PCB007 Magazine

PCB007-June2019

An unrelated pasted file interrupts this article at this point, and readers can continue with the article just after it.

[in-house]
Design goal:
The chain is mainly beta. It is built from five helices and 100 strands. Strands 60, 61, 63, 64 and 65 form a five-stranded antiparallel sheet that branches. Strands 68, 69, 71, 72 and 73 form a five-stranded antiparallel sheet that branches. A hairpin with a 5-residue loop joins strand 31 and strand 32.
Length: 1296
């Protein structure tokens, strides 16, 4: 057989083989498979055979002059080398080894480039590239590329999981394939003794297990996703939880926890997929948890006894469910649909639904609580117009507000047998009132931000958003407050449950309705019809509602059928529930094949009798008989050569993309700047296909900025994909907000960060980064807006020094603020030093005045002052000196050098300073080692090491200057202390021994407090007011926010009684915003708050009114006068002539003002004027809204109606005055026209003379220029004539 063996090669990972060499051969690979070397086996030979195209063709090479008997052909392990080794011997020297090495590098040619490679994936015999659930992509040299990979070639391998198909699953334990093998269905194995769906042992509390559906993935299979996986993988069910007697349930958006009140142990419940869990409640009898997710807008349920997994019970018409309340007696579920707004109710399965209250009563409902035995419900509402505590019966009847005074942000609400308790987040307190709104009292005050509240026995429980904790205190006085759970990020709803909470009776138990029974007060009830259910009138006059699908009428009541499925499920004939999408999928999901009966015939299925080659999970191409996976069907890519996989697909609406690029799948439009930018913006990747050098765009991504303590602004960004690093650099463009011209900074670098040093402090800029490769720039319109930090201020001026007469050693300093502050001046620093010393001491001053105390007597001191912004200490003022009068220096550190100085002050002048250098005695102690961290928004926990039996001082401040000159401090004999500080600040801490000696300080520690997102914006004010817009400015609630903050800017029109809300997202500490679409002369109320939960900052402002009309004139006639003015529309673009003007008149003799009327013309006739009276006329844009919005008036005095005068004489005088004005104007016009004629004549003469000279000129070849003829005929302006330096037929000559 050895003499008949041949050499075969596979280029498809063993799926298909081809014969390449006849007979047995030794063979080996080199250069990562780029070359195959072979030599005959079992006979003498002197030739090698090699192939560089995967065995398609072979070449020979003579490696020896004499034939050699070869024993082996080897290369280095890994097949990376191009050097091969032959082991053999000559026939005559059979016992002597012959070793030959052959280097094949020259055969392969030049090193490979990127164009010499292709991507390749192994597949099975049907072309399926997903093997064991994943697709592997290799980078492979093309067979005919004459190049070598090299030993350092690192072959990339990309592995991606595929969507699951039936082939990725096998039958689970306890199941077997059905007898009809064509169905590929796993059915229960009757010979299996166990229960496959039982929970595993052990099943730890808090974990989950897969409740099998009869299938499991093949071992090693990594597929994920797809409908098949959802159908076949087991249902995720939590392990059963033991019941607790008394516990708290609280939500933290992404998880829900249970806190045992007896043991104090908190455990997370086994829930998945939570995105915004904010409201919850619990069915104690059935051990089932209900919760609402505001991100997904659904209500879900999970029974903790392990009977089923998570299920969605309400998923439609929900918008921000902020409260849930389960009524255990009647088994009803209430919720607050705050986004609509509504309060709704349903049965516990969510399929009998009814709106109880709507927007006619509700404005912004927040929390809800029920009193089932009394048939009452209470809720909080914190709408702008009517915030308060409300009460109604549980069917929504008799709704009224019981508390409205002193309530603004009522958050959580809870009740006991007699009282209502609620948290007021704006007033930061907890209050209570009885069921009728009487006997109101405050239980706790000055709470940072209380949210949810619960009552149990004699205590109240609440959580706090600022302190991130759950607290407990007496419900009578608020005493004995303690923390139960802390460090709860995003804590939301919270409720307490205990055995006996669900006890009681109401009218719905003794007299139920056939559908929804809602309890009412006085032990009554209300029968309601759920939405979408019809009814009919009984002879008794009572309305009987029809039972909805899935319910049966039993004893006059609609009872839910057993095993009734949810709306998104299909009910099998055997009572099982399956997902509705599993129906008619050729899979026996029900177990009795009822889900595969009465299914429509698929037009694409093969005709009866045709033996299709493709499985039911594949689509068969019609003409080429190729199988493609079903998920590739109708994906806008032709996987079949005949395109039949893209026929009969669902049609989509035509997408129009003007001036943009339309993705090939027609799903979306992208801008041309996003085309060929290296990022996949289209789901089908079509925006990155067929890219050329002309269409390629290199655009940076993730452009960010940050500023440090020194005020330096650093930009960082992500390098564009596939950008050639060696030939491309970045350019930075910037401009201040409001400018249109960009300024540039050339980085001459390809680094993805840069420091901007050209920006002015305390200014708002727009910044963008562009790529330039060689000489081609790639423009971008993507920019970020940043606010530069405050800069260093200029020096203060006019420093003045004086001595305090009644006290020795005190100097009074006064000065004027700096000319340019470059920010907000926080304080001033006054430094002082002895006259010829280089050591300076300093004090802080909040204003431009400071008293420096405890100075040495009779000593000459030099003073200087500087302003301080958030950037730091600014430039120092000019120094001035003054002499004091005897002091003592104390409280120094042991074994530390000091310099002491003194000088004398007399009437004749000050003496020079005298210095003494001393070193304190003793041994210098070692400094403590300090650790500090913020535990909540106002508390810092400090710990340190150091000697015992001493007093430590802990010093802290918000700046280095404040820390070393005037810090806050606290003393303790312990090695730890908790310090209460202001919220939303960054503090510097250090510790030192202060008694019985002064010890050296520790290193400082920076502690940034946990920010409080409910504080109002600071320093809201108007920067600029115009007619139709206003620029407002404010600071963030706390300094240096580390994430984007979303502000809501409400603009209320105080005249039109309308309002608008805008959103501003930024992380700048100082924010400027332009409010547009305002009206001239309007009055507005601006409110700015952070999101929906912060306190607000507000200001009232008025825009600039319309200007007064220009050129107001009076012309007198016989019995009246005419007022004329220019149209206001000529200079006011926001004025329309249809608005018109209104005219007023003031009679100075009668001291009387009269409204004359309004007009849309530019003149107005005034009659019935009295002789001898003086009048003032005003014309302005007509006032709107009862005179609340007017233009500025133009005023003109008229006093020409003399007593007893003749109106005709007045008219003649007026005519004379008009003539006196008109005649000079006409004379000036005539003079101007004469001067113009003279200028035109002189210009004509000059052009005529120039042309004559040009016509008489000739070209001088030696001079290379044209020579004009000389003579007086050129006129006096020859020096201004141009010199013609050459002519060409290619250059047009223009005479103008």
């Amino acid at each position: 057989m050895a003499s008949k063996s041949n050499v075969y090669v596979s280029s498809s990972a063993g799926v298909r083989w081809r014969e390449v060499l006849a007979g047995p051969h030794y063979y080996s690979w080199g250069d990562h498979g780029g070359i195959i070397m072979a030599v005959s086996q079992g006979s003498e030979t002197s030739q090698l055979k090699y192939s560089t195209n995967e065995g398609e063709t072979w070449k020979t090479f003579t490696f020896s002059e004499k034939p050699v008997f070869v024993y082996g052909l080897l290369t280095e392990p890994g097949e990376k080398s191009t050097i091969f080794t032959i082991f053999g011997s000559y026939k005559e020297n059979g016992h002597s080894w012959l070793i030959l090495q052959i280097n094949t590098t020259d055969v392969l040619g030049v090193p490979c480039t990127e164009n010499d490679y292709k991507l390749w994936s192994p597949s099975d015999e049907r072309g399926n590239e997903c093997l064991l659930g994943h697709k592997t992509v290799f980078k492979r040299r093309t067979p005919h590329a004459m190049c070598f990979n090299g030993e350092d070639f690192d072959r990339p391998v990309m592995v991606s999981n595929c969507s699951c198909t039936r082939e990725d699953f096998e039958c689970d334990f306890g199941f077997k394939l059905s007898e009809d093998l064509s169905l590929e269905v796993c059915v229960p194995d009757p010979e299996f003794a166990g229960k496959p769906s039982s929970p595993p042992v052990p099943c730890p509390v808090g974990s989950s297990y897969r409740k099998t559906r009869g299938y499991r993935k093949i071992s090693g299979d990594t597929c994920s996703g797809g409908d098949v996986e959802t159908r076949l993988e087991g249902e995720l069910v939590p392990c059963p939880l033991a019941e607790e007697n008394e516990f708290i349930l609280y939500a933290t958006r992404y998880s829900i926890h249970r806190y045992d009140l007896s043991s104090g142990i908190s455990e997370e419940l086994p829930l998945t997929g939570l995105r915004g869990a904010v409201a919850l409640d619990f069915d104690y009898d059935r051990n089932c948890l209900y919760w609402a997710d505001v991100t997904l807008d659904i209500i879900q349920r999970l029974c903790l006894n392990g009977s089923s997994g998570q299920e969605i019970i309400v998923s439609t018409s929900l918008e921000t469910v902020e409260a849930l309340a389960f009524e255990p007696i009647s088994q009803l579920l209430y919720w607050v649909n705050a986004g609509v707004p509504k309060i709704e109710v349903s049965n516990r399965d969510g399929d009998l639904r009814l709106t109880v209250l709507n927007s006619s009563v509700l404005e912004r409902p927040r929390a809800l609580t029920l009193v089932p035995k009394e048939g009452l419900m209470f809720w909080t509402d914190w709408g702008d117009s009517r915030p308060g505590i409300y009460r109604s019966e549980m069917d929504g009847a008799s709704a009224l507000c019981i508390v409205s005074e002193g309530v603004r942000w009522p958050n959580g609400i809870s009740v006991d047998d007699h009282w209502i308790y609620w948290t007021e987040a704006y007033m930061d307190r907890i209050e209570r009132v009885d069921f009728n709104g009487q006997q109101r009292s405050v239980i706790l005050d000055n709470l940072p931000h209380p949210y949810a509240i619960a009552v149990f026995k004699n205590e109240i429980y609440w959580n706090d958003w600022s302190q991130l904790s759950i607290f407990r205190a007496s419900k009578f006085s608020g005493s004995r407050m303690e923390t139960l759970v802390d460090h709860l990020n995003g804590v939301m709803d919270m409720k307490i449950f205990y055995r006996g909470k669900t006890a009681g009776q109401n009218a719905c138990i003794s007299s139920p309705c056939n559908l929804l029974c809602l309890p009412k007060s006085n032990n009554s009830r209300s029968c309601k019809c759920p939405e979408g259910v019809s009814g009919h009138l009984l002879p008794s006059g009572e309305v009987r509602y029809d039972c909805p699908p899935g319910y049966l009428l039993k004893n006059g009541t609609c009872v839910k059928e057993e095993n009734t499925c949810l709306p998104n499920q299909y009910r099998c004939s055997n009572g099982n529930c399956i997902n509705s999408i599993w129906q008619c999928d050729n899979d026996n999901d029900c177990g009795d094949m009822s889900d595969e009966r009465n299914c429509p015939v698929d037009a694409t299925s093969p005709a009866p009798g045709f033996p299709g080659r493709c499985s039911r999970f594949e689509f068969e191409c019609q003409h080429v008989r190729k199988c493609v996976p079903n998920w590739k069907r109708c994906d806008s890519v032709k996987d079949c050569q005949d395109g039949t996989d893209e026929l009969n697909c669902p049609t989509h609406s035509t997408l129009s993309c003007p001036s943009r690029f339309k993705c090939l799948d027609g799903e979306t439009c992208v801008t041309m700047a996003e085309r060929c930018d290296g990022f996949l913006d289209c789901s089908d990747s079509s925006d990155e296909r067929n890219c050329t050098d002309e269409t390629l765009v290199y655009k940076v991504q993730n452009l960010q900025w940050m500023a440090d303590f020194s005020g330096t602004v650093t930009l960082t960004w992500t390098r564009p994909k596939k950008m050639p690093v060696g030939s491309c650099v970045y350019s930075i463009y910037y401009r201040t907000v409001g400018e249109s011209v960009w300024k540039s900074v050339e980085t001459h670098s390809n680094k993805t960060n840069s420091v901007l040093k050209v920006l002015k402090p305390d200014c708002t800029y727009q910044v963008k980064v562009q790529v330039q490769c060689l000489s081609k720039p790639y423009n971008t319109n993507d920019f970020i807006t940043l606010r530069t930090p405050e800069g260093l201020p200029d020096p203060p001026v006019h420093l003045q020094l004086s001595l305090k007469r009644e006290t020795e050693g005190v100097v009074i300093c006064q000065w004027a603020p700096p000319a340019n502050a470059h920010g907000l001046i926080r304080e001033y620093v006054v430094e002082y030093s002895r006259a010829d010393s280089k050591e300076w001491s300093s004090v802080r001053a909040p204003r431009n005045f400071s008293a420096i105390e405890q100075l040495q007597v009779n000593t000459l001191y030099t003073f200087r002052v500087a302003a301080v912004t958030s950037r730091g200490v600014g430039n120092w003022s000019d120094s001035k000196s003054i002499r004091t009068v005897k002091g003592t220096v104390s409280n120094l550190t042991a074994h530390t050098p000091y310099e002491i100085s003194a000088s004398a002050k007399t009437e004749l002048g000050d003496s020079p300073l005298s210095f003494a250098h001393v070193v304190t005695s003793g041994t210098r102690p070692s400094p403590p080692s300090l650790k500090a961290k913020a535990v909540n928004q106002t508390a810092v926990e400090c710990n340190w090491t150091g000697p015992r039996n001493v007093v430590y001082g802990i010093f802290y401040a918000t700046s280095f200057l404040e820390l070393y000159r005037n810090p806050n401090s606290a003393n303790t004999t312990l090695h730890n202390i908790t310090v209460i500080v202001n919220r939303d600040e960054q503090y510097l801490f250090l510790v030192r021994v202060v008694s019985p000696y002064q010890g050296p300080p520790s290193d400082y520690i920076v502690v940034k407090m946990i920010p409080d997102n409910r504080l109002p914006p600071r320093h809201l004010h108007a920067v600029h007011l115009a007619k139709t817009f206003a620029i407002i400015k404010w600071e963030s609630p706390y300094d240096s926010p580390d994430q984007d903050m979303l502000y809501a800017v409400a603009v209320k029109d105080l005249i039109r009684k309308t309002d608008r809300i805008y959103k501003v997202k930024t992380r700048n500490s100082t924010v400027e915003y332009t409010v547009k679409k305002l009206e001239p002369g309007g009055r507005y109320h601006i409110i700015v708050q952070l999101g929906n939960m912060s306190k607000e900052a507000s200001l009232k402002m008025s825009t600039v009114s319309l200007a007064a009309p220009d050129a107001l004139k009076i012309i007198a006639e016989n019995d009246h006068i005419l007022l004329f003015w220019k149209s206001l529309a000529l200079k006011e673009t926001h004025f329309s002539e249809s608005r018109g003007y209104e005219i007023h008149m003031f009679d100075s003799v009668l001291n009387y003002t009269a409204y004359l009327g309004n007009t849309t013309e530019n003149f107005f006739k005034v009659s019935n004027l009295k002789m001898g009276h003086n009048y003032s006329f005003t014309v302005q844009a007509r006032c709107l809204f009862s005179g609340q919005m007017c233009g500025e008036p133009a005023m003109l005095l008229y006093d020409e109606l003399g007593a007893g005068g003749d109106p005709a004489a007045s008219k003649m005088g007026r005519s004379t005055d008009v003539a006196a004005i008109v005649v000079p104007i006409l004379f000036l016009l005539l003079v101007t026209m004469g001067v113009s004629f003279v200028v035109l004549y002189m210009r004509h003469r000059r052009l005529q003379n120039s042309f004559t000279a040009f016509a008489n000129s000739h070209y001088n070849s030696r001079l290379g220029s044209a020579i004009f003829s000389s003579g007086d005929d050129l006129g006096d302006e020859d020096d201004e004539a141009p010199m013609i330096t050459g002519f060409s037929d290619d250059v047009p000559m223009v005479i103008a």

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18 PCB007 MAGAZINE I JUNE 2019 Deciding on the class of the final product will determine what files are needed for fabri- cation and assembly. It is critical to note that for a product to be built to any class level, it must be designed to that class level from its inception. Standards and Specifications Let's review the various PCB classes as de- fined by IPC—Association Connecting Elec- tronics Industries. IPC is the trade association for the electronics industry that provides stan- dards, training and certification, market re- search, education, and public policy advoca- cy to support all facets of the industry, includ- ing design, PCB manufacturing, and electron- ics assembly. First, understand that IPC has different speci- fications depending on the PCB type. This book will address rigid and rigid-flex PCBs. The in- dustry standards for these PCB types are: • IPC-6012: Qualification and Performance Specification for Rigid Printed Boards • IPC-6013: Qualification and Performance Specification for Flexible Printed Boards • IPC-6018: Qualification & Performance Specification for High Frequency (Microwave) Printed Boards • IPC-6012DS: Space and Military Avionics Applications Addendum to IPC-6012D: Qualification and Performance Specification for Rigid Printed Boards There are three different board classes as de- fined by IPC-6012 and IPC-6013. The appropri- ate class will be defined by the criticality of the product the PCB will be integrated with. Classes Class 1 is for "general electronic products" and is the lowest reliability class. Therefore, it requires the least amount of additional infor- mation in a fabrication package to meet prod- uct reliability. For instance, a Class 1 or Class 2 PCB does not require a netlist compare, where- as Class 3 and Class 3A do require it. Thus, for Identifying Product Board Class and Pre-quote Software Editor's note: The following is an excerpt from Chapter 1 of The Printed Circuit Designer's Guide to... Producing the Perfect Data Package written by Mark Thompson of Prototron Circuits.

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